Idea three: Hygiene and healthy habits

Keep reinforcing the fact that being clean and washing their hands regularly can help stop the virus spreading to other people. Also having lots of sleep, eating well and exercising can help to keep them strong and healthy.

This is a good opportunity to teach them that they have to take some responsibility for themselves and their care, to really think about the foods they are eating – are there enough vitamins, protein etc? This will give them some semblance of control and give them a project too.

Idea four: Tackling anxiety

To help reduce their anxiety about the pandemic, explain how the NHS, doctors and all key workers are still working and doing everything they can to keep people safe and that the scientists are working hard with the vaccine. Explain to them that death from the virus is still rare, despite what they might hear, and let them know how so many more people survive than die.

The main thing is to create a sense of security and explain that most people who get the virus feel like they have flu and do recover. If someone already has an illness or an underlying condition that no-one knows about, their body may not be able to recover and they may die.

Introduce the idea of saying all the important things to each other and explain that we can’t always choose how or when we die, we can only make sure that we all know how important we are to each other and that we have put our love into words.

Encourage them to build into their daily routine video calls with their grandparents and other relatives to help reduce feelings of isolation. Be open and approachable. Let them know that they can come to you with any questions or fears they may have.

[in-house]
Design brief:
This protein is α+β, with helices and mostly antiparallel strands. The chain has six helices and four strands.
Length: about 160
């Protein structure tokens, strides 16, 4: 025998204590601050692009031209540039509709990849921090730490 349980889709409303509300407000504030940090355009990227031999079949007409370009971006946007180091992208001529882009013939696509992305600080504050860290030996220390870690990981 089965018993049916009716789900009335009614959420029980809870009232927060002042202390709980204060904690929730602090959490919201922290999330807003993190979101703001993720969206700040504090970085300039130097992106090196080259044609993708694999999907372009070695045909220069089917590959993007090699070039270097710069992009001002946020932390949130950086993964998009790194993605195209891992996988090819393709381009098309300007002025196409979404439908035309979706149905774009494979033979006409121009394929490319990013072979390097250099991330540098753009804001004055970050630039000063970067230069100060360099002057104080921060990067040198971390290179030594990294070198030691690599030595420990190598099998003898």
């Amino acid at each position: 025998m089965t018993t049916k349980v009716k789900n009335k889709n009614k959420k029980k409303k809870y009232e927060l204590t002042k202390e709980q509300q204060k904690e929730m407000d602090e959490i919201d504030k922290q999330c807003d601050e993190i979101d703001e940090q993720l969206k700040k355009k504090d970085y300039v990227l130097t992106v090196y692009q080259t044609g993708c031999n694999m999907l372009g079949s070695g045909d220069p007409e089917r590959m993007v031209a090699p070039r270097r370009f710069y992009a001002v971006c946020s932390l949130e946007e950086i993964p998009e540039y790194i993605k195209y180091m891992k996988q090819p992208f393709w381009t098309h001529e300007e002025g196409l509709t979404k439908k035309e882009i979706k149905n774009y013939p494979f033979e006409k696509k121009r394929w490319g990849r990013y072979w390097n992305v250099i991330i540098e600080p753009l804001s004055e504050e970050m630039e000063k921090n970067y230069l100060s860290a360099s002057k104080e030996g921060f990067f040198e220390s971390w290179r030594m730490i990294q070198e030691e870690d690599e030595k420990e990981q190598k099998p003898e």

Idea five: The media

Talk about how the media can influence our thoughts. Repeated reporting of a trauma can make it feel as if it is going to overwhelm us. It is good to have discussions about other things that are happening too, so that the coronavirus does not overshadow everything.

The internet and the speed at which news travels has made the world feel like a very small place indeed. Keep the scale of reality – the world population at this date is approximately 7.6 billion. Yes, we see the disasters but we can also see many good and great things happening. Everything needs a balance.


By accepting and experiencing all life events as they occur, focusing on the good which so often accompanies disaster – a sense of community; expressions of love; caring actions – we can teach our children to live fully and meaningfully, processing emotional events practically as they arise. We must also balance the scales – without the threats out there, there would be no value to life or thought of personal safety.

Let them know that it is normal and natural to feel stressed sometimes. Teach them to accept that as okay. Keep an eagle eye out for any changes in their behaviour so that you can step in if needed.

  • Lianna Champ has more than 40 years’ experience in grief and trauma counselling and is author of the practical guide, How to Grieve Like A Champ (Red Door Publishing, 2018: